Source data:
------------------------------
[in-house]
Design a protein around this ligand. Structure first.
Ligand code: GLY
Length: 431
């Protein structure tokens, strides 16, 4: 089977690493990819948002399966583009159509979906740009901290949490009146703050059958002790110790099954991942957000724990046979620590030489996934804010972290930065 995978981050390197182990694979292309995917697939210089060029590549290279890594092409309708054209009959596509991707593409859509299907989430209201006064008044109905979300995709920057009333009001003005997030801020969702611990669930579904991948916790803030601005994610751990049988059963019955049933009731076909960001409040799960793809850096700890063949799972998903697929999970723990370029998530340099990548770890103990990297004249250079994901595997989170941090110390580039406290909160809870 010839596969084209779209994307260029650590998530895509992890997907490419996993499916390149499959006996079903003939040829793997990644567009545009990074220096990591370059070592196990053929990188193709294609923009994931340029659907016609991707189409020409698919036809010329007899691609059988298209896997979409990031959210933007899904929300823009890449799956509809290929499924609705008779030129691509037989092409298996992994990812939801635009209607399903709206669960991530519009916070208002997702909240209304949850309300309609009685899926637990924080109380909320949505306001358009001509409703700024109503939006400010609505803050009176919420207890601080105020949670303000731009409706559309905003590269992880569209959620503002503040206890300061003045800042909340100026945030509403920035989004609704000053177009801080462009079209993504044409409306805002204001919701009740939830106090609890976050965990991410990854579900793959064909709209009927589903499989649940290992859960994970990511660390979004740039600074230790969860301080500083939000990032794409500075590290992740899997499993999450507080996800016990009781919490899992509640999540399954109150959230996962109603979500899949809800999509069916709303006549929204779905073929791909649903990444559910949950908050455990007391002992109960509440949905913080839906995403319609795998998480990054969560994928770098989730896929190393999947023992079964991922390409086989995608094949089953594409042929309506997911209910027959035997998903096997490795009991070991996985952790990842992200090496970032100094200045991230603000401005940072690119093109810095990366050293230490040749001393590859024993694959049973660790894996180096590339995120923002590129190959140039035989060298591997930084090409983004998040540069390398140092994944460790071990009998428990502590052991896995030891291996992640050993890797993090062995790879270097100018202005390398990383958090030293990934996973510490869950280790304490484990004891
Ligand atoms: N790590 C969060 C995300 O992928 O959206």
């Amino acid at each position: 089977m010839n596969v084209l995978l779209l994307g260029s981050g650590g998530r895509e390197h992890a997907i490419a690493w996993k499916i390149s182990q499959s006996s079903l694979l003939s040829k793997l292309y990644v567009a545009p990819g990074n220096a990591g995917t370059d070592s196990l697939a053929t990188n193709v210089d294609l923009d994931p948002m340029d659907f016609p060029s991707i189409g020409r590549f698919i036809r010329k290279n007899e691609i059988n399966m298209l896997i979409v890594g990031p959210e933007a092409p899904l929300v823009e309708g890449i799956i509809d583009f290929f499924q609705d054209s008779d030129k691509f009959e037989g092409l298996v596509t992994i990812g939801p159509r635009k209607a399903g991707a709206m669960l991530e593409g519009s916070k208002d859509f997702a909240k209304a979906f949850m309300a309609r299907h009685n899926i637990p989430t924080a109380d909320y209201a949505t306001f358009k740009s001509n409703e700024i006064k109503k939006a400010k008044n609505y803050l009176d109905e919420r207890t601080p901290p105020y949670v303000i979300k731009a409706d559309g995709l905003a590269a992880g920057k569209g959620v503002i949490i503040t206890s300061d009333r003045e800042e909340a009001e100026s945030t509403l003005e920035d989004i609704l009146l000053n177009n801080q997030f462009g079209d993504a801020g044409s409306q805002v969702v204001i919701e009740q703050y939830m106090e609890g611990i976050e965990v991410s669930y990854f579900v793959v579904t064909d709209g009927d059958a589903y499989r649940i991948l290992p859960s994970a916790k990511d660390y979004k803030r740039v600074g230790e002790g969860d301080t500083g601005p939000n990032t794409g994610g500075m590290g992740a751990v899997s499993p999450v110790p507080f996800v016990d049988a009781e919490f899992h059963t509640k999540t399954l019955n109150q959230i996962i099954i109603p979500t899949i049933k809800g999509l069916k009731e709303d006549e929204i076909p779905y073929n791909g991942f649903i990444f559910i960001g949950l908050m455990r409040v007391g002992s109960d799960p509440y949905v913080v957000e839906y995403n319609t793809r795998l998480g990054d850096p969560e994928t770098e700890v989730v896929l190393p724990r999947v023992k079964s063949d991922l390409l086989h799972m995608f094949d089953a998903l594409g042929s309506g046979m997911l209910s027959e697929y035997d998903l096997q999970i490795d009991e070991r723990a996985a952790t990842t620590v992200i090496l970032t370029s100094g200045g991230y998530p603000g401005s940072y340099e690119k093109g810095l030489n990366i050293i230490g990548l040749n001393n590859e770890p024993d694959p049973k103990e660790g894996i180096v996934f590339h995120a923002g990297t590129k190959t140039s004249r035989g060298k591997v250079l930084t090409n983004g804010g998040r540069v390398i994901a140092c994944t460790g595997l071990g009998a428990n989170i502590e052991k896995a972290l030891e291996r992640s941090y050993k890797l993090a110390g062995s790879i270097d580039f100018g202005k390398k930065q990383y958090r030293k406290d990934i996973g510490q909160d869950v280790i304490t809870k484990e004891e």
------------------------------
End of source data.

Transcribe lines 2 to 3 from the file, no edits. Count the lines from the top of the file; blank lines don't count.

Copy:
Design a protein around this ligand. Structure first.
Ligand code: GLY